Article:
Top to bottom

The architecture of Kailasa Temple is notable for its vertical excavation, the work started at the top and moved downwards, rolling down the large boulders split from the mountain using rod drills. One can see the drill marks on the surrounding walls that are still visible. A megalith carved out of a single rock, the Kailasa Temple is the only structure in the world that is carved from the top to bottom. Every single design and measurement was planned very accurately as once its cut there was no chance to change it by adding any extra stone or piece of rock. Legend has it that nearly 200,000 tonnes of rock was removed to construct this monolithic structure.

Built in 18 years

Constructed by Rashtrakuta king Krishna I in 756-773 CE, the Kailasa Temple, prominent of all the Caves in Ellora, has fascinated researchers and tourists for centuries. Archaeologists had calculated that it would have taken more than a hundred years to finish the temple construction. But, in reality it took only 18 years to complete it. The rock cut temple was cut in U shape about 50 metres in the back, and about 2,00,000 tonnes of rock was scooped out of a vertical basalt cliff in the Charanandri Hills to form the magnificent temple.

Everyone is trying to understand how the temple was built, cut out of the rocks, by using ancient traditional methods without using any modern technology within that short period of time.

Larger in area than Parthenon in Greece

Kailash Temple is considered as one of the most remarkable cave temples in India due to its massive size, architecture and sculptural treatment. About 145 feet wide, 195 feet long and 90 feet high, Kailash Temple covers an area twice the size of the Parthenon in Athens, Greece. With its gigantic sculpted monolithic main shrine in the centre, gopura and enclosure walls on both sides, the Kailash temple is one of the largest structures in India and in the world, rivaling even the Taj Mahal in Agra.

Intricate sculptures and carvings

Almost every inch of the interior structure contains intricate sculptures and carvings in Ellora Caves which display artistic richness and philosophy making the caves a major achievement of ancient Indian civilization. Among the most noteworthy are monolithic elephants and victory pillars at the entrance, the image of Nandi, four sculptures of lions standing in a circle on the roof of Mahamantapa, elephant sculptures at the base of the temple, which gives the viewer an impression that the whole structure is being supported on the backs of these beasts.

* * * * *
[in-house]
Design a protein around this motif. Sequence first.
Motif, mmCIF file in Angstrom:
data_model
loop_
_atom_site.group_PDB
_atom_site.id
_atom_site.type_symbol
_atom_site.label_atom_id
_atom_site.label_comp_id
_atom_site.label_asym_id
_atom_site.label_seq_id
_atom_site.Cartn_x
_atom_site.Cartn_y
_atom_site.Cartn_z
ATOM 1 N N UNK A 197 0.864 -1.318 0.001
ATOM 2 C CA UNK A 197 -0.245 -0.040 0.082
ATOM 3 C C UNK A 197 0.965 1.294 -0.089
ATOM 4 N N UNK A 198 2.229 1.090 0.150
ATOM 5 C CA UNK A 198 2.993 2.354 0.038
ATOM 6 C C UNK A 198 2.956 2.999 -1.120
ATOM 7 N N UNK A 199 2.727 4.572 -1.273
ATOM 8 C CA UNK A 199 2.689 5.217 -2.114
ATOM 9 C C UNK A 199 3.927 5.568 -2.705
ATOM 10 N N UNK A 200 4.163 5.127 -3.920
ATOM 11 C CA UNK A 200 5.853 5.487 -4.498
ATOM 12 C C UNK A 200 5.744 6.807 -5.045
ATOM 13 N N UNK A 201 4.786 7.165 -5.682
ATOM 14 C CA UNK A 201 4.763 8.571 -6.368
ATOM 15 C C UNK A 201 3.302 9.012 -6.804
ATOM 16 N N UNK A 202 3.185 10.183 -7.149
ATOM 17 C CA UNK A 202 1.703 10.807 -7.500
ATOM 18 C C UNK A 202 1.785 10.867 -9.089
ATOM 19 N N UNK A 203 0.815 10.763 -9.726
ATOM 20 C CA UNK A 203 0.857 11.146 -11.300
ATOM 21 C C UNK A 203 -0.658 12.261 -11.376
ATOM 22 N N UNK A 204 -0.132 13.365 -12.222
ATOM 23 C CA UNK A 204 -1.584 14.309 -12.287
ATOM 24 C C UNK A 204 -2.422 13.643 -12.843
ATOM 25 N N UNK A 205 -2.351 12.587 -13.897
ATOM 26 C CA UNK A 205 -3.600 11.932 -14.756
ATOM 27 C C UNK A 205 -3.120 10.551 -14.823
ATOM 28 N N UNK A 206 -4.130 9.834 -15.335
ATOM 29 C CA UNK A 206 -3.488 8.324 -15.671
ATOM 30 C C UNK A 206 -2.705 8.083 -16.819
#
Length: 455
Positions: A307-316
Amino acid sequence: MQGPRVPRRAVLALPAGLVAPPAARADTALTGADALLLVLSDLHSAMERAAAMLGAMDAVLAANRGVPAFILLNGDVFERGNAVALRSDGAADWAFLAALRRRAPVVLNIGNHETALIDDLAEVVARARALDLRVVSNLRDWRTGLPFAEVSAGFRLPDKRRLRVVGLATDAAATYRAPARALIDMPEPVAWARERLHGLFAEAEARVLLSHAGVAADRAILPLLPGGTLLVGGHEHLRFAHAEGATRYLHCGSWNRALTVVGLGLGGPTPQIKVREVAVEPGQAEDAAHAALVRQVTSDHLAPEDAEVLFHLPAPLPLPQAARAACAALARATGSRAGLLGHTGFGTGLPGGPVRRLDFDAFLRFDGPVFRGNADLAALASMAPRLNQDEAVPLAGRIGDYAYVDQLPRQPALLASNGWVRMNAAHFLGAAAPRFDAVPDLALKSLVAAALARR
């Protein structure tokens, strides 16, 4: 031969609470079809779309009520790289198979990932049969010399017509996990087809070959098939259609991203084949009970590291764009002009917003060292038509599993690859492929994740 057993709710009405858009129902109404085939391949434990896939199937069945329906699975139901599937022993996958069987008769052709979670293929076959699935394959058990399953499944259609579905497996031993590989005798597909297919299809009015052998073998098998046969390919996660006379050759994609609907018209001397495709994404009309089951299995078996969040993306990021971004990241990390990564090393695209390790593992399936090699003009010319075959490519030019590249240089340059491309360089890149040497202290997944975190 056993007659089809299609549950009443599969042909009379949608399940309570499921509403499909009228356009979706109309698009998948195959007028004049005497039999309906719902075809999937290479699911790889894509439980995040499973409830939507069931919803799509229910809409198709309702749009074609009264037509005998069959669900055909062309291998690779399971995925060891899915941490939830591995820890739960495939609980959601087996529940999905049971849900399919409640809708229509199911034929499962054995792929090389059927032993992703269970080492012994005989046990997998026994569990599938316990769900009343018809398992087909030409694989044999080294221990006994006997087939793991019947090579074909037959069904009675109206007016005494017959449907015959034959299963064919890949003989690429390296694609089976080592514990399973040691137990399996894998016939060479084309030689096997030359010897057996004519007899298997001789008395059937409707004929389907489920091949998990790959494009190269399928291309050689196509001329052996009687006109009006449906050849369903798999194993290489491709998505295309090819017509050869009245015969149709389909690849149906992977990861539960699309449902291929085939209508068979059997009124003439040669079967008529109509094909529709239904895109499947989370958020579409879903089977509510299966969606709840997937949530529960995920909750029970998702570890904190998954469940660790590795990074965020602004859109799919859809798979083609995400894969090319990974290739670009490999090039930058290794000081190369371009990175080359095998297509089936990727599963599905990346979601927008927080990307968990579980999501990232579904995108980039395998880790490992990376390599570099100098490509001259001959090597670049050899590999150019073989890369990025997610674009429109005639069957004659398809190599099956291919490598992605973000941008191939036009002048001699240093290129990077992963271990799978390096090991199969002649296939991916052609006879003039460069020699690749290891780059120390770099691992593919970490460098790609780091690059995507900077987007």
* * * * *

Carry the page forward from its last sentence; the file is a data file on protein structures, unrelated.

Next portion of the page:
Furthermore, various intricately carved panels can be found in the Kailasa Temple like scenes from the two major Hindu epics, the Mahabharata and the Ramayana along with 10 panels depicting the different avatars of the Hindu god Vishnu. The most noteworthy of them is of demon king Ravana attempting to lift Mount Kailasa.


Mughal King Aurangzeb who destroyed thousands of Hindu temples, also tried to destroy Kailasa temple. It is said that 1000 people were sent to destroy the temple in the year 1682. They worked for 3 years but they could break and disfigure a few statues only. Aurangzeb finally gave up on this task and realized that it was impossible to completely destroy the temple as the rock was simply too hard to demolish, even though artisans used only hammers, chisels and picks to construct it.

Where to Stay

Hotel Kailas: Starting price @Rs2599/

Set in serene gardens off National Highway 52, this informal hotel with views of the Ellora Caves temple complex is an 8-minute walk from Kailasa Temple.

Ellora Heritage Resort:Starting price @Rs1459/
Set 1 km from the monumental Ellora monastery-temple cave complex, this modest resort is 29 km from Aurangabad Train Station and 5 km from the scenic Bani Begum Mughal Garden.

How to Reach :
 By Road:

Aurangabad is the nearest city to Kailasa temple and it is well connected with them by road. From Aurangabad bus and taxi services are available to reach Kailasa temple. Aurangabad is also well connected by state transport buses from major cities of Maharashtra like Mumbai, Pune, Nashik, Satara, Kolhapur and Ahmednagar.

By Train:

Aurangabad is the nearest railway station to reach Kailasa temple which is situated around 30 kms from the temple. There are direct trains available from the major cities in Maharashtra; like Mumbai, Pune, Ahmednagar, Nashik etc. to reach Aurangabad.

By Air:

Aurangabad airport is located at about 15 kms from the Kailasa temple and it is the closest airport to the Kailasa temple. Aurangabad airport is well connected to major cities of Maharashtra and India. One may fly to Aurangabad and reach Kailasa temple by any local transport.